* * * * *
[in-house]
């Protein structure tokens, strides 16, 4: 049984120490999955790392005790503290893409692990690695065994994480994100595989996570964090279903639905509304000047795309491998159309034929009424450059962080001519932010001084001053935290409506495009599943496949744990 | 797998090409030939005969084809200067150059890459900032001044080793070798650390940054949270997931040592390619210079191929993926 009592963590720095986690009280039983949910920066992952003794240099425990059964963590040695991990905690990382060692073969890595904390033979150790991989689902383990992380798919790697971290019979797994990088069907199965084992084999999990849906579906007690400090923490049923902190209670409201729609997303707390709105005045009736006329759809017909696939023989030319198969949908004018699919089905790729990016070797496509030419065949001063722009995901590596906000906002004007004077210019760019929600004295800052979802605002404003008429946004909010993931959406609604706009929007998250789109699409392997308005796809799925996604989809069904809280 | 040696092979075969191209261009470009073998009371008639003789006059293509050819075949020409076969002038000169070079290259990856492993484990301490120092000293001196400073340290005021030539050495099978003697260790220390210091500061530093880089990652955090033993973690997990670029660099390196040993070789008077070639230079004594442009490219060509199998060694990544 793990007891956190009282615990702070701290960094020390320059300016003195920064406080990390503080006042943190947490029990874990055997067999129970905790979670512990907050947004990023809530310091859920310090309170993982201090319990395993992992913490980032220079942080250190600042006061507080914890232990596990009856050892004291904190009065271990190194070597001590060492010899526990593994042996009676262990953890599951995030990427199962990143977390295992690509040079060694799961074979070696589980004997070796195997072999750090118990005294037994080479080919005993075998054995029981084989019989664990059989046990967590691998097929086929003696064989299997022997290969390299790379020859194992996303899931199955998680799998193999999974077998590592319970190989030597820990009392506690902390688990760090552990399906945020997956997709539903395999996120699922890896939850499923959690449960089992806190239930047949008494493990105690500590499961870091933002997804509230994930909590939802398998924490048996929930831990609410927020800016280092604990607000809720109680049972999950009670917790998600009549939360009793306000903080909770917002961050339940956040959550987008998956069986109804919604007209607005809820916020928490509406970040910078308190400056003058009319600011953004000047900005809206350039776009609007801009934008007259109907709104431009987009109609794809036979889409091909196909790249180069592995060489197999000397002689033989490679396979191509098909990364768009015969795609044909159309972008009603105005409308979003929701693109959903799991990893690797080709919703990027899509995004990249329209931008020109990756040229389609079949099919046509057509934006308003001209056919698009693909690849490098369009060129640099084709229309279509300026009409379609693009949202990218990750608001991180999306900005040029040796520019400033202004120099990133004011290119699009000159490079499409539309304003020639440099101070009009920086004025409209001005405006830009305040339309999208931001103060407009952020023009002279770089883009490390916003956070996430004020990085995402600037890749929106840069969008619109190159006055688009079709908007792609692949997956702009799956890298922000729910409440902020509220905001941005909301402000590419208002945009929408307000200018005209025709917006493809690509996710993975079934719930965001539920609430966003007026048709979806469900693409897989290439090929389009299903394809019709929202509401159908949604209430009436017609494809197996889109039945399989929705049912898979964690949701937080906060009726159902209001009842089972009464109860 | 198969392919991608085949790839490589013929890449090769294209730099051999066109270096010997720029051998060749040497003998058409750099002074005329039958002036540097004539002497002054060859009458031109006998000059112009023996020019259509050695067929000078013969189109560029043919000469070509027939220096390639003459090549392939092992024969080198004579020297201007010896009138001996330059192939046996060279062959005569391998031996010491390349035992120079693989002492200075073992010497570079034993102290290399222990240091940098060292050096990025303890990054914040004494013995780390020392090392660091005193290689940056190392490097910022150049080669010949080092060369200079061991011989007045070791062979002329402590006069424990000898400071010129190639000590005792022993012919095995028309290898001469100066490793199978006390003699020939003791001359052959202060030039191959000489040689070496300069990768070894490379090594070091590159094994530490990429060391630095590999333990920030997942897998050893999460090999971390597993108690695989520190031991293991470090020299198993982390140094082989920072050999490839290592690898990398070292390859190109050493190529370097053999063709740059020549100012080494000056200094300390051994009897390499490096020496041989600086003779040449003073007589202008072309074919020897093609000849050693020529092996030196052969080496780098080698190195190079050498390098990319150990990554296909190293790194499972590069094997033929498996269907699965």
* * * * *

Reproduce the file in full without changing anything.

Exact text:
[in-house]
């Protein structure tokens, strides 16, 4: 049984120490999955790392005790503290893409692990690695065994994480994100595989996570964090279903639905509304000047795309491998159309034929009424450059962080001519932010001084001053935290409506495009599943496949744990 | 797998090409030939005969084809200067150059890459900032001044080793070798650390940054949270997931040592390619210079191929993926 009592963590720095986690009280039983949910920066992952003794240099425990059964963590040695991990905690990382060692073969890595904390033979150790991989689902383990992380798919790697971290019979797994990088069907199965084992084999999990849906579906007690400090923490049923902190209670409201729609997303707390709105005045009736006329759809017909696939023989030319198969949908004018699919089905790729990016070797496509030419065949001063722009995901590596906000906002004007004077210019760019929600004295800052979802605002404003008429946004909010993931959406609604706009929007998250789109699409392997308005796809799925996604989809069904809280 | 040696092979075969191209261009470009073998009371008639003789006059293509050819075949020409076969002038000169070079290259990856492993484990301490120092000293001196400073340290005021030539050495099978003697260790220390210091500061530093880089990652955090033993973690997990670029660099390196040993070789008077070639230079004594442009490219060509199998060694990544 793990007891956190009282615990702070701290960094020390320059300016003195920064406080990390503080006042943190947490029990874990055997067999129970905790979670512990907050947004990023809530310091859920310090309170993982201090319990395993992992913490980032220079942080250190600042006061507080914890232990596990009856050892004291904190009065271990190194070597001590060492010899526990593994042996009676262990953890599951995030990427199962990143977390295992690509040079060694799961074979070696589980004997070796195997072999750090118990005294037994080479080919005993075998054995029981084989019989664990059989046990967590691998097929086929003696064989299997022997290969390299790379020859194992996303899931199955998680799998193999999974077998590592319970190989030597820990009392506690902390688990760090552990399906945020997956997709539903395999996120699922890896939850499923959690449960089992806190239930047949008494493990105690500590499961870091933002997804509230994930909590939802398998924490048996929930831990609410927020800016280092604990607000809720109680049972999950009670917790998600009549939360009793306000903080909770917002961050339940956040959550987008998956069986109804919604007209607005809820916020928490509406970040910078308190400056003058009319600011953004000047900005809206350039776009609007801009934008007259109907709104431009987009109609794809036979889409091909196909790249180069592995060489197999000397002689033989490679396979191509098909990364768009015969795609044909159309972008009603105005409308979003929701693109959903799991990893690797080709919703990027899509995004990249329209931008020109990756040229389609079949099919046509057509934006308003001209056919698009693909690849490098369009060129640099084709229309279509300026009409379609693009949202990218990750608001991180999306900005040029040796520019400033202004120099990133004011290119699009000159490079499409539309304003020639440099101070009009920086004025409209001005405006830009305040339309999208931001103060407009952020023009002279770089883009490390916003956070996430004020990085995402600037890749929106840069969008619109190159006055688009079709908007792609692949997956702009799956890298922000729910409440902020509220905001941005909301402000590419208002945009929408307000200018005209025709917006493809690509996710993975079934719930965001539920609430966003007026048709979806469900693409897989290439090929389009299903394809019709929202509401159908949604209430009436017609494809197996889109039945399989929705049912898979964690949701937080906060009726159902209001009842089972009464109860 | 198969392919991608085949790839490589013929890449090769294209730099051999066109270096010997720029051998060749040497003998058409750099002074005329039958002036540097004539002497002054060859009458031109006998000059112009023996020019259509050695067929000078013969189109560029043919000469070509027939220096390639003459090549392939092992024969080198004579020297201007010896009138001996330059192939046996060279062959005569391998031996010491390349035992120079693989002492200075073992010497570079034993102290290399222990240091940098060292050096990025303890990054914040004494013995780390020392090392660091005193290689940056190392490097910022150049080669010949080092060369200079061991011989007045070791062979002329402590006069424990000898400071010129190639000590005792022993012919095995028309290898001469100066490793199978006390003699020939003791001359052959202060030039191959000489040689070496300069990768070894490379090594070091590159094994530490990429060391630095590999333990920030997942897998050893999460090999971390597993108690695989520190031991293991470090020299198993982390140094082989920072050999490839290592690898990398070292390859190109050493190529370097053999063709740059020549100012080494000056200094300390051994009897390499490096020496041989600086003779040449003073007589202008072309074919020897093609000849050693020529092996030196052969080496780098080698190195190079050498390098990319150990990554296909190293790194499972590069094997033929498996269907699965």